Psychiatric disorders: Anxiety, depression, hostility, insomnia, nervousness.
Respiratory, thoracic and mediastinal disorders: Nasopharyngitis, cough, pharyngitis, nasal congestion, pharyngolaryngeal pain.
Skin and subcutaneous tissue disorders: Rash.
Potentially Fatal: Anaphylaxis or angioedema.
IV/Parenteral/PO: C
Patient Counseling Information
This drug may cause somnolence, fatigue or coordination difficulties; if affected, do not drive or operate machinery.
Monitoring Parameters
Assess renal function before starting treatment especially in patients with severely impaired hepatic function. Monitor therapeutic response (e.g. seizure activity, type, duration) at the start and throughout the treatment; diastolic blood pressure (in children 1 month to <4 years); signs and symptoms of CNS depression or hypersensitivity reaction. Observe for emergence or worsening of depression, suicidal thoughts, and unusual changes in mood or behaviour.
Overdosage
Symptoms: Agitation, aggression, depressed level of consciousness, somnolence, respiratory depression, and coma. Management: Symptomatic and supportive treatment. May perform gastric lavage or induce emesis. May perform haemodialysis.
Drug Interactions
Increased serum concentration of methotrexate. May decreased the efficacy of oral levetiracetam when taken with osmotic laxative macrogol. May increase risk of QT interval prolongation with drugs affecting QTc-interval.
Food Interaction
May increase CNS depressant effects of alcohol.
Action
Description: Levetiracetam is a pyrrolidine derivative anticonvulsant agent. The exact mechanism of action is unknown; however, studies suggest that it is involved in the central pharmacologic effects such as partial inhibition of N-type Ca currents, facilitation of GABA-ergic inhibitory transmission by displacing negative modulators, and reduction of delayed rectifier K current. Furthermore, it appears to bind to a synaptic protein that is believed to be involved in vesicle fusion and neurotransmitter exocytosis.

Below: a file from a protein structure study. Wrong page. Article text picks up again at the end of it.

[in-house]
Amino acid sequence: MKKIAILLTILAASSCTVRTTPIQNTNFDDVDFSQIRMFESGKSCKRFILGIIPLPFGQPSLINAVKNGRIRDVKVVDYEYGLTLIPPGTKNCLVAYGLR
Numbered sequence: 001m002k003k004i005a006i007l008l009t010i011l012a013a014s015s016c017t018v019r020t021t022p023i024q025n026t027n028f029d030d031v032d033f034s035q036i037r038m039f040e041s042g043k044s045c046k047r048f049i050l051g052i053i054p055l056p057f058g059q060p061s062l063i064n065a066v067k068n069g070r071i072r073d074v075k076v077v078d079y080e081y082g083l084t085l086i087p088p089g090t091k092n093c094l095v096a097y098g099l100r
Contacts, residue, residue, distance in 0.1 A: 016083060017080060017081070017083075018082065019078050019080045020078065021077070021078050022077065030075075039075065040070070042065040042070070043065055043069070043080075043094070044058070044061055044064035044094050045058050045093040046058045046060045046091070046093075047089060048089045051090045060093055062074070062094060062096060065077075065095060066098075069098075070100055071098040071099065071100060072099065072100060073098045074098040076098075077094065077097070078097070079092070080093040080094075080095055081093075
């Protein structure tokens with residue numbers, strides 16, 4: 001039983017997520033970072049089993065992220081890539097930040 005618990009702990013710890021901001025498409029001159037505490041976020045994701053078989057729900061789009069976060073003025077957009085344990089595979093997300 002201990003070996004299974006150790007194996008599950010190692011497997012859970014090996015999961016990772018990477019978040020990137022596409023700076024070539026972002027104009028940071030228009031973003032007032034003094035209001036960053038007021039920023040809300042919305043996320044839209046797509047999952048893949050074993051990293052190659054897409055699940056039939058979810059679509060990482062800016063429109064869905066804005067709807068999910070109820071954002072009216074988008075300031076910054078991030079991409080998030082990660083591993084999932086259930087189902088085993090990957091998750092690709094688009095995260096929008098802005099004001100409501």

Pharmacokinetics:
Absorption: Rapidly and almost completely absorbed from the gastrointestinal tract (oral). Bioavailability: Approx 100%. Time to peak plasma concentration: IV: 5-30 minutes; Oral: Approx 1.3 hours (immediate-release); approx 4 hours (extended-release).
Distribution: Crosses placenta and enters breast milk. Volume of distribution: Approx 0.5-0.7 L/kg. Plasma protein binding: <10%.
Metabolism: Not extensively metabolised. 24% of the dose undergoes enzymatic hydrolysis of acetamide group (major metabolic pathway) into inactive metabolites.
Excretion: Mainly via urine (66% as unchanged drug; 27% as inactive metabolites); faeces (0.3%). Plasma elimination half-life: Approx 7 hours.
Chemical Structure

Chemical Structure Image
Levetiracetam

Source: National Center for Biotechnology Information. PubChem Database. Levetiracetam, CID=5284583, https://pubchem.ncbi.nlm.nih.gov/compound/Levetiracetam (accessed on Jan. 22, 2020)

Storage
Store between 15-30°C.
MIMS Class
Anticonvulsants
ATC Classification
N03AX14 - levetiracetam ; Belongs to the class of other antiepileptics.
References
AFT Pharmaceuticals Ltd. Levetiracetam-AFT Oral Solution 100 mg/mL and Concentrate Solution for IV Infusion 500 mg/5 mL data sheet 17 March 2021. Medsafe. http://www.medsafe.govt.nz. Accessed 10/06/2021.

Anon. Levetiracetam. Lexicomp Online. Hudson, Ohio. Wolters Kluwer Clinical Drug Information, Inc. https://online.lexi.com. Accessed 20/07/2021.